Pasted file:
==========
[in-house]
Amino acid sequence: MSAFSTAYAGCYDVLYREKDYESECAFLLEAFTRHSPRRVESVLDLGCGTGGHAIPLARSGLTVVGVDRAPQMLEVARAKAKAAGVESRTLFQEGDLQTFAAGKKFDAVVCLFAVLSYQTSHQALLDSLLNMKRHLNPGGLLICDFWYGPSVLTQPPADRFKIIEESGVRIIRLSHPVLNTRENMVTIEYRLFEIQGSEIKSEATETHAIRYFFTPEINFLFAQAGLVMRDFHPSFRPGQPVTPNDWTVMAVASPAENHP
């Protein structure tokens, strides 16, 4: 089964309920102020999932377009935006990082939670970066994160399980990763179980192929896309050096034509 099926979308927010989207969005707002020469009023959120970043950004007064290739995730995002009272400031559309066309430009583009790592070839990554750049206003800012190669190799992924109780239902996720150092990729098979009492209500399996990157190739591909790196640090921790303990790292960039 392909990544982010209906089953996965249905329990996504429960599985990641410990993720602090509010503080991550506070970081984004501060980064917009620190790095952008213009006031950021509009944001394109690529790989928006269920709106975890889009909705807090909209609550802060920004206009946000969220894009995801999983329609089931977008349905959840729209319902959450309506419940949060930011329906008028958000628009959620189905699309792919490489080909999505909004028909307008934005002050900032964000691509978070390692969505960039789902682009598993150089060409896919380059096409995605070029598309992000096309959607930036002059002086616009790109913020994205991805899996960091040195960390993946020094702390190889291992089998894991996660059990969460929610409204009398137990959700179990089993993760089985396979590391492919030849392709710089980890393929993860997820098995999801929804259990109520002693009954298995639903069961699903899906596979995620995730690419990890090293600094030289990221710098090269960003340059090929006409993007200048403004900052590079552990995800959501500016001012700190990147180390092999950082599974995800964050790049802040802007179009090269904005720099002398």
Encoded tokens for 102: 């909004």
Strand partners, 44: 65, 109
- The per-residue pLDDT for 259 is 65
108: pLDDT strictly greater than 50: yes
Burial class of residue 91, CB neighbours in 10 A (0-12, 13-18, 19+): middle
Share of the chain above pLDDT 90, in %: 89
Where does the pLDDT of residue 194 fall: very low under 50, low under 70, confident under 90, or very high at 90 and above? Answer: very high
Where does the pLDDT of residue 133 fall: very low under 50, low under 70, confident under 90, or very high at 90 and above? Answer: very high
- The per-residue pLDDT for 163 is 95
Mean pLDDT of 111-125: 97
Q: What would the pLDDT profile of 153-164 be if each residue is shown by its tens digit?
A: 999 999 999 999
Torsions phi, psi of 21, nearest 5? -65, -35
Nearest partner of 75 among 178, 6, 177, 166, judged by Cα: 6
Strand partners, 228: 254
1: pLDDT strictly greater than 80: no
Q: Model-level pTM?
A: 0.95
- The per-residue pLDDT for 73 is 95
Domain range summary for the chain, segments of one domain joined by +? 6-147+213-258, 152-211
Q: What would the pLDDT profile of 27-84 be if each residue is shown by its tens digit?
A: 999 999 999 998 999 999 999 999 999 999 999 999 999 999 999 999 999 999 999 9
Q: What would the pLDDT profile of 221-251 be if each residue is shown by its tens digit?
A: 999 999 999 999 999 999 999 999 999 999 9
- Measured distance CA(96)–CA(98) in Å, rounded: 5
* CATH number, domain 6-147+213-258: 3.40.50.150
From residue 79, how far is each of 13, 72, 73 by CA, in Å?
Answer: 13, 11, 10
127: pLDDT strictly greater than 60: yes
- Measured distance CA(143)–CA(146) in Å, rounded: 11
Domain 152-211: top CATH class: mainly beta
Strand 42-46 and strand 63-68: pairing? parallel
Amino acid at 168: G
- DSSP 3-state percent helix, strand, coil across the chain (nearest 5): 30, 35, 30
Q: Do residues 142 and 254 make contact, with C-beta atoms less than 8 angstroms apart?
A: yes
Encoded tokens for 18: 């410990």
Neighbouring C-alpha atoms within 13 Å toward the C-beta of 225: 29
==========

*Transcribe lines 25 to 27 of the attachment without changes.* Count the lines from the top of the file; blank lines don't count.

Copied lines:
A: 999 999 999 998 999 999 999 999 999 999 999 999 999 999 999 999 999 999 999 9
Q: What would the pLDDT profile of 221-251 be if each residue is shown by its tens digit?
A: 999 999 999 999 999 999 999 999 999 999 9